The two nations that are faced with immigrants’ issues are at each other’s jugular over who is responsible
FRANCE has summoned Italy’s ambassador after the Italian deputy prime minister accused the French of exploiting Africa and fuelling migration.
On Sunday, January 20 Luigi di Maio, the Italian deputy PM, had called on the European Union to impose sanctions on France for its policies in Africa.
He said France had “never stopped colonising tens of African states.”
Italy’s populist leadership has repeatedly clashed with France in recent months, on issues such as migration, protests and culture.
Ever since Italy’s Five Star and League parties came to power in June 2018 relations have been tense.
Much of the tension has been about migration. The two countries have argued over France sending back migrants across Italy’s northern border.
When France criticised Italy for not allowing rescue boats carrying migrants in the Mediterranean to dock, Italy responded by accusing France itself of refusing to accept migrants.
The Italian deputy prime minister has blamed France for the European migrant crisis, accusing it of impoverishing African nations with “colonialist” policies. He promised to take the issue to the EU and other international bodies.
Di Maio, the leader of the anti-establishment Five Star Movement and Italy’s deputy PM, launched a scathing attack on France, which he argued is to blame for the inherent causes of the ongoing migrant crisis at EU borders.
Di Maio was speaking at a rally on Sunday, when he touched on recent mass migrant drownings in the Mediterranean. It is believed that up to 170 migrants who left Libya and Morocco on ramshackle dinghies may have drowned in the sea last week. Three migrants were saved by the Italian Navy on Friday off the cost of Lampedusa. The survivors said they were a part of a group of 120 people that sailed from Libya on Thursday, January 17. Their boat started to sink after they were at sea for about 10 hours. The victims, according to migrant organisations, include a two-month-old child and at least 10 women. Separately, another boat carrying 53 migrants capsized in the western Mediterranean, according to sole survivor of the incident.
The tragedies have reignited the debate on the hardline migration policy championed by Italy’s right-wing government.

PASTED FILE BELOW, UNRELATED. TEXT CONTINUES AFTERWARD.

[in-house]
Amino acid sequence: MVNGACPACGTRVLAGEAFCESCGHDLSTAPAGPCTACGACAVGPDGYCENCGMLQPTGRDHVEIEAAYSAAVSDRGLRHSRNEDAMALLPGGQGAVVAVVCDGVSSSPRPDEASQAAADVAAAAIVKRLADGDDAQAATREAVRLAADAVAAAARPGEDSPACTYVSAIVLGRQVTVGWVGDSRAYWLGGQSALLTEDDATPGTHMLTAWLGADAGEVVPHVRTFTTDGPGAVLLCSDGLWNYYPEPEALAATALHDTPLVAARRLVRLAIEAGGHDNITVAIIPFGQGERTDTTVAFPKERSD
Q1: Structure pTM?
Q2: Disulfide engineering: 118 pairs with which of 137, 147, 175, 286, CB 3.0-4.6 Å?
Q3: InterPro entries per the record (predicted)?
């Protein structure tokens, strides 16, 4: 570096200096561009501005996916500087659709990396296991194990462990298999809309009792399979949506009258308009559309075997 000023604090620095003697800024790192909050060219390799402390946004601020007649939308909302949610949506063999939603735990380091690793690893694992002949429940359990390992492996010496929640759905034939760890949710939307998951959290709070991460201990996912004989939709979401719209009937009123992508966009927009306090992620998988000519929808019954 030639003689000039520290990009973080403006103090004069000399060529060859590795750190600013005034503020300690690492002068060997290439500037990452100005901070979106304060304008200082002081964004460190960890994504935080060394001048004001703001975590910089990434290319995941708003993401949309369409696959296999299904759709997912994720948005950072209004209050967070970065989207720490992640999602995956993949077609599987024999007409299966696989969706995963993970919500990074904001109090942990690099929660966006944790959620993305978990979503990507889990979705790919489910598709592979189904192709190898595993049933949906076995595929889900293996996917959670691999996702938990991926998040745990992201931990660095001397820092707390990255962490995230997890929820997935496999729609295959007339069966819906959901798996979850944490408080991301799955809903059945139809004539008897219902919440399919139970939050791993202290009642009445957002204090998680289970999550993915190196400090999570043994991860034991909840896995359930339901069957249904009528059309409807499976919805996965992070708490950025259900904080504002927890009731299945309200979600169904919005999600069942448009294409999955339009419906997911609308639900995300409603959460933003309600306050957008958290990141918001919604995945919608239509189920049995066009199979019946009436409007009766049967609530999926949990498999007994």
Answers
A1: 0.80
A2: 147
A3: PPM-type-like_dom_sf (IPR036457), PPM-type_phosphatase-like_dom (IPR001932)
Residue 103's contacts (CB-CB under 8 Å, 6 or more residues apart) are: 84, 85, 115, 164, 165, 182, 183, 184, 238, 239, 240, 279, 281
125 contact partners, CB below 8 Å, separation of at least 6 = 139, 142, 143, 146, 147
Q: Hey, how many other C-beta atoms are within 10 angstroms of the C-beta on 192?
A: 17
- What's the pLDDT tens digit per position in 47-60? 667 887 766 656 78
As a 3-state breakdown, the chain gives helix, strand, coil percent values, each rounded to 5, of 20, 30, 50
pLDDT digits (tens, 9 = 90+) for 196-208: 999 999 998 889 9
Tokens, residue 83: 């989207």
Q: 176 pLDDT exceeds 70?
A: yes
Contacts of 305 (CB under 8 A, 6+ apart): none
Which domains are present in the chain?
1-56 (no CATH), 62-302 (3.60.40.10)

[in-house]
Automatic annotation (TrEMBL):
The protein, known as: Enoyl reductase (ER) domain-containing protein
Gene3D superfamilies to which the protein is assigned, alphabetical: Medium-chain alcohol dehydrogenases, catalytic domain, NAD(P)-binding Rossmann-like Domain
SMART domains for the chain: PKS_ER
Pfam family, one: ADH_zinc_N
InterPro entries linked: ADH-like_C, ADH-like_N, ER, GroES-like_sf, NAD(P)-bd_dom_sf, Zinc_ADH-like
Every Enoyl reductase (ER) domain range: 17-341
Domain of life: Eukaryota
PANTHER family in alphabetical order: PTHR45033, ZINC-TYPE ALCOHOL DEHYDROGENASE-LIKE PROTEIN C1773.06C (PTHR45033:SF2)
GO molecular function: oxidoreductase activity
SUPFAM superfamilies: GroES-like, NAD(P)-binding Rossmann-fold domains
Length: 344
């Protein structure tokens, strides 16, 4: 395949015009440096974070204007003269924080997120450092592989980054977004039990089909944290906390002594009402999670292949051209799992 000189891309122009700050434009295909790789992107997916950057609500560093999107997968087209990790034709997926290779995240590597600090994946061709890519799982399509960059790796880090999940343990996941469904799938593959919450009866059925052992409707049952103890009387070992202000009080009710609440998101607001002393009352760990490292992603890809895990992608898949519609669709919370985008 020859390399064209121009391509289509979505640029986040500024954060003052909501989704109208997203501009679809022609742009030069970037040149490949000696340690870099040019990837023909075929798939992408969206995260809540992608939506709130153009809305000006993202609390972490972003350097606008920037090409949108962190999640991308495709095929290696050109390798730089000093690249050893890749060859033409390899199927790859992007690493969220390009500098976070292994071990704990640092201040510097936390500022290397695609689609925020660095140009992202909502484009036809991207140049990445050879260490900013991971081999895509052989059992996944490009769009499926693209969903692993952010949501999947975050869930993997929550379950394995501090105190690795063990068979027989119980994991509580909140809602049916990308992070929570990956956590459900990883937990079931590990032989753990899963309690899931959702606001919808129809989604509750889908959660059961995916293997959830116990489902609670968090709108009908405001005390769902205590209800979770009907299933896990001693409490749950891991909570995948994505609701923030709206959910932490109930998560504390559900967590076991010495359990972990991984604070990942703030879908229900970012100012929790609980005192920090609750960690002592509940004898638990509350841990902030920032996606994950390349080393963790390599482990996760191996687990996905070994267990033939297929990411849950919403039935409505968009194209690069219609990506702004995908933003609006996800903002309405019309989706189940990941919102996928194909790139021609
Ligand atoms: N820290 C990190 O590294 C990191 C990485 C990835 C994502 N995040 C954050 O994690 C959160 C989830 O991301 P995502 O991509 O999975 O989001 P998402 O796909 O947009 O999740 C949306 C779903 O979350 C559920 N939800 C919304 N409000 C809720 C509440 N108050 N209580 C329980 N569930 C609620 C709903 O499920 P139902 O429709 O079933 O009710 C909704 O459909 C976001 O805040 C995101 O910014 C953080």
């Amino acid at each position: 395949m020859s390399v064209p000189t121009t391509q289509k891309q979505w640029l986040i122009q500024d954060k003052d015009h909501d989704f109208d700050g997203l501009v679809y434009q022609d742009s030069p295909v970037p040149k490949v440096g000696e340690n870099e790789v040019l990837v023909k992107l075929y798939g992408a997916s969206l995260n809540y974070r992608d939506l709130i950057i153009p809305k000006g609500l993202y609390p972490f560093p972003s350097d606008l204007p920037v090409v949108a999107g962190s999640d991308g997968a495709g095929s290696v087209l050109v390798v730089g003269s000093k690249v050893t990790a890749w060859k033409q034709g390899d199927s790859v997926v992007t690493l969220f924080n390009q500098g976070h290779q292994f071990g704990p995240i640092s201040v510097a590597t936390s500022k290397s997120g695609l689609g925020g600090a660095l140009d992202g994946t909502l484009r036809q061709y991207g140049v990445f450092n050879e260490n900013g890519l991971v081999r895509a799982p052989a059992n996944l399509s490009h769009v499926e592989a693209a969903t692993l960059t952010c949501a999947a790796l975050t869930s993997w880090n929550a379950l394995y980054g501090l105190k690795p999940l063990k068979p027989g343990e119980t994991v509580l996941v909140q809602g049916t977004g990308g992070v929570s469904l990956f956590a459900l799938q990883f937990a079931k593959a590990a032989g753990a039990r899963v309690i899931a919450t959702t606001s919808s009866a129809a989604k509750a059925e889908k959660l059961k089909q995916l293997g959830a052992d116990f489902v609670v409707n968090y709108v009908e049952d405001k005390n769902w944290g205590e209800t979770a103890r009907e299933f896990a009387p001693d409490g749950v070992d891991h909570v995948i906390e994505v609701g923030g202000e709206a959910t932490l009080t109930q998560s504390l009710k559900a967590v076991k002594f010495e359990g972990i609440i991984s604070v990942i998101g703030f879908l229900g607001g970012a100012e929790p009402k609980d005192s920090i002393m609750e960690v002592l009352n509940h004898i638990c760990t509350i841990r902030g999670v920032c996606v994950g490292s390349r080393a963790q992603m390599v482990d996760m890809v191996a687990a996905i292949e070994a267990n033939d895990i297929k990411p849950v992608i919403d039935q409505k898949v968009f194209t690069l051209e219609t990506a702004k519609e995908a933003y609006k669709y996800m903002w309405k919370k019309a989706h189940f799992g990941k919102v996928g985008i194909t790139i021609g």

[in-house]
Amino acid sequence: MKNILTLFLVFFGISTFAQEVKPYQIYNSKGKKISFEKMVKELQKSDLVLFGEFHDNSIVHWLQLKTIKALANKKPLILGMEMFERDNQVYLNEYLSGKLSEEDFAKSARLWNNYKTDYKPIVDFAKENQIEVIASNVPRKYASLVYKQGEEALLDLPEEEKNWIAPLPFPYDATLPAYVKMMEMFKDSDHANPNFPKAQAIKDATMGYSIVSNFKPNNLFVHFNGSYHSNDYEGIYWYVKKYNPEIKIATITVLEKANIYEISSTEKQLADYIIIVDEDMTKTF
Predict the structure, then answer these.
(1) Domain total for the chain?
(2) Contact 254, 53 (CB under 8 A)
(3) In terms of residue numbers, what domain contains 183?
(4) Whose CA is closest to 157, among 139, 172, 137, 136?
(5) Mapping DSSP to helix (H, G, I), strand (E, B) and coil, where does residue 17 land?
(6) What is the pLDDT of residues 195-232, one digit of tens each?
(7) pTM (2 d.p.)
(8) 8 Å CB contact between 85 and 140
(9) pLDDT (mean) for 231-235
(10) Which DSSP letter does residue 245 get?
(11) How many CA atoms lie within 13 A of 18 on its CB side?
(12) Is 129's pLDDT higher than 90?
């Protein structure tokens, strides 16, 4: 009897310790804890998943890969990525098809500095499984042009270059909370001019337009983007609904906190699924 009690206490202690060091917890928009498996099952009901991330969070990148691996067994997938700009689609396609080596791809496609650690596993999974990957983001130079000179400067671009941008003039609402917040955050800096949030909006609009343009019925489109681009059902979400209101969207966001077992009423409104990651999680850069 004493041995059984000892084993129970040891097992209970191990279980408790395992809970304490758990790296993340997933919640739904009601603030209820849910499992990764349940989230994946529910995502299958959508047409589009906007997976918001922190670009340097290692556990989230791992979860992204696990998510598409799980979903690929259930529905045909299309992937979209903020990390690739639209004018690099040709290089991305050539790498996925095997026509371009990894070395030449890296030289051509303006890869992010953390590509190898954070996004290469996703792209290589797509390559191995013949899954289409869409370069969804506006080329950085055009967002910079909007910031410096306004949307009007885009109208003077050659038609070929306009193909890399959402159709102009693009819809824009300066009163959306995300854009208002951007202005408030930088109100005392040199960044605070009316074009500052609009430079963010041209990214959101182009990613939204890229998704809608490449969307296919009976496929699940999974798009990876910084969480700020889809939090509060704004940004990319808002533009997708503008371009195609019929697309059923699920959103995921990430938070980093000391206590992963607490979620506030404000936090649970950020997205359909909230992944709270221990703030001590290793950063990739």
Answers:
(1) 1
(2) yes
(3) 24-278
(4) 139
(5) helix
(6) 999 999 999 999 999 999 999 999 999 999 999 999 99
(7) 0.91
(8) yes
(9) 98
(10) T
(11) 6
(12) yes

“We would be hypocrites if we just continued to talk about the effects without looking for the causes. If today we have people coming from Africa it’s because some European countries like France never stopped colonising Africa in their heads,” Di Maio told the crowd.
The politician, who also serves as the minister of economic development, referred to the CFA franc, a currency which is used in 14 former French colonies in West and Central Africa. The currency is guaranteed by the French Treasury and has a fixed rate of exchange with the euro. While it is credited for providing African countries with financial stability, it has often been criticized as a relic of colonial times by proponents of Africa’s full independence from France. They argue that the CFA franc, created in 1945, impedes their economic development as they have no say in French or European monetary policy.
“There are dozens of African states in which France prints its own currency, the franc of the colonies, and with that, it finances the French public debt,” Di Maio said, adding that France should be subjected to sanctions by the EU, and potentially the UN, for “impoverishing those states and triggering those people.”
‘Sweep your own door’: French minister bashes Italian politicians for Yellow Vest support ‘Sweep your own door’: French minister bashes Italian politicians for Yellow Vest support
“The place of Africans is in Africa and not at the bottom of the sea,” he stated.
Di Maio further argued that France would fall far back in the international economic rankings if not for its leverage over its former colonies.
“If France did not have the African colonies, which it is impoverishing, it would be the 15th international economic power and instead it is among the first for what it is doing in Africa,” he said. France is currently the world’s seventh-largest economy, according to World Bank data for 2017, and the third-biggest economy in Europe after Germany and the UK.
Di Maio said that his party would submit a proposal to parliament to punish France in the coming weeks.
In a swipe at French President Emmanuel Macron, Di Maio said that he should stop lecturing Italy on morals while his government continue to exploit African nations.
Last summer, Macron chastised the Italian government for its refusal to pick up migrants stranded at sea, with his spokesman calling the policy “sickening” and “unacceptable.”
Italy brushed off the criticism, accusing the French government of hypocrisy.
Relations between the French and Italian governments were already strained, with Di Maio – along with anti-immigrant Italian Interior Minister Matteo Salvini – voicing their support for Yellow Vest protests that have plagued Macron’s government since November.
– Jan. 22, 2019 @ 17:05 GMT |